Ensuring no one is left behind as UK landlines go digital 


Author: Lucy Baker, consumer all IP director and Vicky Hicks, head of engagement, digital voice and gender equality network chair at BT Consumer 

The landline is here to stay, but the technology used to make calls is changing from analogue to digital as part of an industry-wide shift.

The decades-old analogue network has become increasingly unreliable, and by December 2025, most calls will be made over a broadband line.

BT is rolling out its new home phone service, digital voice, on a region-by-region basis. For most customers, it’s as simple as plugging their existing home phone into the back of their broadband router rather than the socket on the wall. The new digital service provides clearer call quality and prevents most scam calls.

As part of the rollout, we will visit every nation and region in the UK to raise awareness of the changes and to ensure all customers get the support they need to make the switch.

We’ve already visited the East Midlands, Yorkshire and the Humber, Northern Ireland, the North West, and London. And the remaining regions and nations will make the switch next year. In spring 2024, West Midlands, South East, East Anglia and Wales. In summer 2024, North East, South West and Scotland.

Throughout the programme, BT will also be contacting some broadband customers in England, inviting them to switch their landlines to digital voice in advance of local and regional campaigning in their area.

Customers will be contacted four weeks before making the switch, and those customers who have disclosed any additional needs, have a healthcare pendant, no mobile signal, or only use landlines won’t be proactively switched over during the initial stages of the rollout.  

Ensuring no one is left behind 

We understand that for many, particularly people with additional needs, the landline is a lifeline, and we want to be sure everyone remains connected.  

We’ve established and continue to work with our digital voice advisory group – an association made up of charities and representative groups – who’ve been advising on the needs of customers most affected by the switch. Feedback from this group and its members has helped shape BT’s approach.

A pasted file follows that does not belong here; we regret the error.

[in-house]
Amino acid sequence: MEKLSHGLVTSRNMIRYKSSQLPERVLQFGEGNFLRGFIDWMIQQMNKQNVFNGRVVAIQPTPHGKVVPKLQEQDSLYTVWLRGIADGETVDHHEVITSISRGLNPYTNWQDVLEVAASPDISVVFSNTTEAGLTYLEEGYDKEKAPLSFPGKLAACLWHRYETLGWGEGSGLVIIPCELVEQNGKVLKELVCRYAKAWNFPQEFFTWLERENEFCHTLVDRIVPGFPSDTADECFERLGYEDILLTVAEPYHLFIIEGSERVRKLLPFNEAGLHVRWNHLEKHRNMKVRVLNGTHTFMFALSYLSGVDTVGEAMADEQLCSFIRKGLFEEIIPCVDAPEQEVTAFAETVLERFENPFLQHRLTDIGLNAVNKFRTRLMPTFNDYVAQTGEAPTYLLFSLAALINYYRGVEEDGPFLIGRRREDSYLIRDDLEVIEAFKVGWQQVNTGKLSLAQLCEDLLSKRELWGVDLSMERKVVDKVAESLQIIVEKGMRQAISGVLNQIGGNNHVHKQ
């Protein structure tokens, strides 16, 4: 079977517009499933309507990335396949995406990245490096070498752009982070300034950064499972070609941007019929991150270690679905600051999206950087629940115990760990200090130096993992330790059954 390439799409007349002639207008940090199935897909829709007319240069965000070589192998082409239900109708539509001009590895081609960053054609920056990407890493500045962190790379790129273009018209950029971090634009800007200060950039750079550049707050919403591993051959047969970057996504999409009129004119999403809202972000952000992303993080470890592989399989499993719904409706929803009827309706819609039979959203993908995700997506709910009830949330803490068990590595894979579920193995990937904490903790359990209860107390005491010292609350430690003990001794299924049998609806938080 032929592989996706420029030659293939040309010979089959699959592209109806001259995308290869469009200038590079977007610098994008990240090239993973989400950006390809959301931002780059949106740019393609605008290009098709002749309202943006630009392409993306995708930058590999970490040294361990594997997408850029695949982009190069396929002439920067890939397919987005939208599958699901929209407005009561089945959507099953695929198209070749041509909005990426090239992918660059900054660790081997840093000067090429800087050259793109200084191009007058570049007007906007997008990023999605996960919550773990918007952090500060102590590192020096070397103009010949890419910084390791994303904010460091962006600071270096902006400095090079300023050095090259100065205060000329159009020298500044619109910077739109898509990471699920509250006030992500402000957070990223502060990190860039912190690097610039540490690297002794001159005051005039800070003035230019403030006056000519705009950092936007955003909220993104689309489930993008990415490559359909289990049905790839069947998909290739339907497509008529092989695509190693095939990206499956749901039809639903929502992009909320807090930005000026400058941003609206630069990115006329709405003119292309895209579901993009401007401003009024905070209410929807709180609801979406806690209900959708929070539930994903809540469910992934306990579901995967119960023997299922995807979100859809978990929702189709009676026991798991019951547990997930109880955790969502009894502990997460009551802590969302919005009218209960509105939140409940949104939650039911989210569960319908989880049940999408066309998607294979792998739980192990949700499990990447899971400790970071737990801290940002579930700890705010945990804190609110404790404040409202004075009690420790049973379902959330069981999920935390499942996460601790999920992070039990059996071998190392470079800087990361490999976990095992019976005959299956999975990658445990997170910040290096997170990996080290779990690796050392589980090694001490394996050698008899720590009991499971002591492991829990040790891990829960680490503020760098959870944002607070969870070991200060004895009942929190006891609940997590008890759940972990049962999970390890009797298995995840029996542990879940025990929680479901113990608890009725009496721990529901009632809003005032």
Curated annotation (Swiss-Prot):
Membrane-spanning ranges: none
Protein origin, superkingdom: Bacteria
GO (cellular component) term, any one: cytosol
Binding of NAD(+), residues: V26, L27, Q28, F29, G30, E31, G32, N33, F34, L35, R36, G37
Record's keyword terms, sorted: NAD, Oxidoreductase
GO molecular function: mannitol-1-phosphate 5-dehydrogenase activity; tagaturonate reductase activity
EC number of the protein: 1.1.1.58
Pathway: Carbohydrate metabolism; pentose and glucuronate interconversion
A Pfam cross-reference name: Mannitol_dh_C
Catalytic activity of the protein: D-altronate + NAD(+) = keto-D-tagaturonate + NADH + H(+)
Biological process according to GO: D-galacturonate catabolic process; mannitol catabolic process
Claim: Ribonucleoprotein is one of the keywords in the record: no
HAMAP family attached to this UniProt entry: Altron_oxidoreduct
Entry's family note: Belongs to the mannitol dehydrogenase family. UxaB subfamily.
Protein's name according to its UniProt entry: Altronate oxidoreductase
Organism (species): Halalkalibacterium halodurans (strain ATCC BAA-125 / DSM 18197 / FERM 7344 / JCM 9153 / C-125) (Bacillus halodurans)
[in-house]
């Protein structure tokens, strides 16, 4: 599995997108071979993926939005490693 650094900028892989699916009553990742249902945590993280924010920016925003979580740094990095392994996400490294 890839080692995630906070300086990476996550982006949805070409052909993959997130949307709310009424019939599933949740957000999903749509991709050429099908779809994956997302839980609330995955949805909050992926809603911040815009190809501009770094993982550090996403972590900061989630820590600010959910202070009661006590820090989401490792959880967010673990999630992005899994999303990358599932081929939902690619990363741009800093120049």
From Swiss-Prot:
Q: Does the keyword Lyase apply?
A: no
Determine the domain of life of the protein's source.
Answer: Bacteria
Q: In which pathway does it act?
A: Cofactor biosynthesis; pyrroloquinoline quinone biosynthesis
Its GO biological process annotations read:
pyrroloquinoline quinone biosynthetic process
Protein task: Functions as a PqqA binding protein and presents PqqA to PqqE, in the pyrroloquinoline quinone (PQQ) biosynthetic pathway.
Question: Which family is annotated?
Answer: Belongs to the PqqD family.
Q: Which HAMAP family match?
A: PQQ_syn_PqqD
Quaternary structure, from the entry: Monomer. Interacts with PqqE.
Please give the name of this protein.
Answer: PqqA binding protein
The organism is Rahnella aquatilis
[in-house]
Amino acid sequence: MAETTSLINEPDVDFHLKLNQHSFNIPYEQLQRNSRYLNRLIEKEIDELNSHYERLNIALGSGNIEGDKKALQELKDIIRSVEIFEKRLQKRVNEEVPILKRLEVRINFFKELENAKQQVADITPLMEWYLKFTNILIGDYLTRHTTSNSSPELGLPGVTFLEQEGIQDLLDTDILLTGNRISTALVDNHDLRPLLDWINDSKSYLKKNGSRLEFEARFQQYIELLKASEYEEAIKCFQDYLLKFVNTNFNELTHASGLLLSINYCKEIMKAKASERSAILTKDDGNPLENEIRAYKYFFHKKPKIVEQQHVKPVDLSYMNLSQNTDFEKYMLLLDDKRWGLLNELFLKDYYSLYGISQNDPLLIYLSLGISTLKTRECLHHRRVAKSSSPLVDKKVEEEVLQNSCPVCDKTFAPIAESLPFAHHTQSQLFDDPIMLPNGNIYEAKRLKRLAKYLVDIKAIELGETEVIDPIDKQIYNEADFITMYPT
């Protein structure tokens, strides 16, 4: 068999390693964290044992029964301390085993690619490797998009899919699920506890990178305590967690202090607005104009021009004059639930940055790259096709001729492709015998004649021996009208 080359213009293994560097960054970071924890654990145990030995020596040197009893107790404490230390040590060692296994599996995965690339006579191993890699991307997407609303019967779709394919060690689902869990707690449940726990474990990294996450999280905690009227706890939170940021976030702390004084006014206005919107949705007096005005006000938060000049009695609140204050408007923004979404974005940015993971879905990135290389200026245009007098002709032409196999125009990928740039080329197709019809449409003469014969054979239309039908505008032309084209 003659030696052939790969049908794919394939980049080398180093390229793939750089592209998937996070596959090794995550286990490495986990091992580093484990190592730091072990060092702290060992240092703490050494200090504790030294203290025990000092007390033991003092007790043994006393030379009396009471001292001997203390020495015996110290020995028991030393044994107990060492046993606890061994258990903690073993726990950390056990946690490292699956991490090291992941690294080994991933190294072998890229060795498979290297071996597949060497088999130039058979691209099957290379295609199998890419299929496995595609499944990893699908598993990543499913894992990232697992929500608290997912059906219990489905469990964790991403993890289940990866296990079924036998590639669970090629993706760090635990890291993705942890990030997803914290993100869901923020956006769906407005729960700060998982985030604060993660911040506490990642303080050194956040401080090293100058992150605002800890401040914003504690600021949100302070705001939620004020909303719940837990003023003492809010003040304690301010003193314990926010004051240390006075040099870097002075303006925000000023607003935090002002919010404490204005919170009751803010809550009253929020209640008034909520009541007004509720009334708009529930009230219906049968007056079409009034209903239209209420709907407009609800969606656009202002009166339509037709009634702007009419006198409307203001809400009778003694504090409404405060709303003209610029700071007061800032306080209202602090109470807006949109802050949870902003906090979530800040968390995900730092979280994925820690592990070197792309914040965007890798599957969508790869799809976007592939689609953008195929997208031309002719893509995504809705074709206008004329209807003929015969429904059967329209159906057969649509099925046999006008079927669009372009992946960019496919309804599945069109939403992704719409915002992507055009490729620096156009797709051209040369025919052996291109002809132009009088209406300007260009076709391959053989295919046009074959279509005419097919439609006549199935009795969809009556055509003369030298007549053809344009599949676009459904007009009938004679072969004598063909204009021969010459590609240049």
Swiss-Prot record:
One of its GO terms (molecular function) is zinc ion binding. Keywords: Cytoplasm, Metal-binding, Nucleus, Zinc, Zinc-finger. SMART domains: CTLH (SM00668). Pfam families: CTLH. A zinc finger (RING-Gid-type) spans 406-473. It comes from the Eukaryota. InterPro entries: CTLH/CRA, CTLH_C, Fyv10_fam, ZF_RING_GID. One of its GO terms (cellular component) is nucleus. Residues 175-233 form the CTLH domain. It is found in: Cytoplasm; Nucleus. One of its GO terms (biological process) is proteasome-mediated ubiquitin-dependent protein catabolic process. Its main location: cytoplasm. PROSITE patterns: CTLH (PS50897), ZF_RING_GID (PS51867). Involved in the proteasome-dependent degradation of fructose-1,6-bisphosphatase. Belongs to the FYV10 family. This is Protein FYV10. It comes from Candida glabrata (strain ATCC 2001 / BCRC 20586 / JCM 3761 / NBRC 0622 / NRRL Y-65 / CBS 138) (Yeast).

Through the digital voice advisory group, we’re working with organisations like the National Farmers’ Union (NFU), Action with Communities in Rural England (ACRE), and Rural Services Network (RSN) to ensure rural communities get the support they need and remain connected.   

As well as charities and community groups, we’re also working with the government, Ofcom and local authorities to ensure customers get the help they need to make the switch. 

Additional support and services are available, including the ability for customers to nominate a family member, friend, or carer who will receive all the information about switching on their behalf. And when customers with additional needs start to make the switch, they’ll automatically receive equipment and an engineer appointment.  

For peace of mind in the event of a temporary power cut, BT will provide additional resilience to those who need it most. Free battery backup units are available for customers with additional needs and/or who live in an area without a mobile signal, and the units provide at least one hour’s talk time. For customers without a mobile phone with access to a 4G signal, a hybrid phone that can switch to a mobile network and has an in-built battery is available.  

Customers without additional needs can purchase a battery backup unit or a hybrid phone.  

The very small percentage of the population without access to broadband or decent mobile coverage will continue to use their service the same way they do today. BT will ensure these customers have the connectivity they need and will contact them when they can move to Digital Voice or an alternative service. If customers have any issues, questions, or concerns, they should please get in touch. 

We recognise that local councils are at the heart of their communities, and we look forward to working with them to ensure our customers stay connected now and into the future. 

More information is available on the digital voice website.

The following blog post is for informational purposes only and should not be considered professional or legal advice. The views and opinions expressed in this post are those of the author and do not reflect the official policy or position of the National Association of Local Councils. Any links to external sources included in this blog post are provided for convenience and do not constitute endorsement or approval of those websites' content, products, services, or policies. Therefore, readers should use discretion and judgment when applying the information to their circumstances. Finally, this blog post may be updated or revised without notice.

NALC launches the Local Council Award Scheme crite...
Local councils successfully secure £4.5 million fr...

This site uses cookies.

By continuing to use this site, you agree to their use Learn more

I understand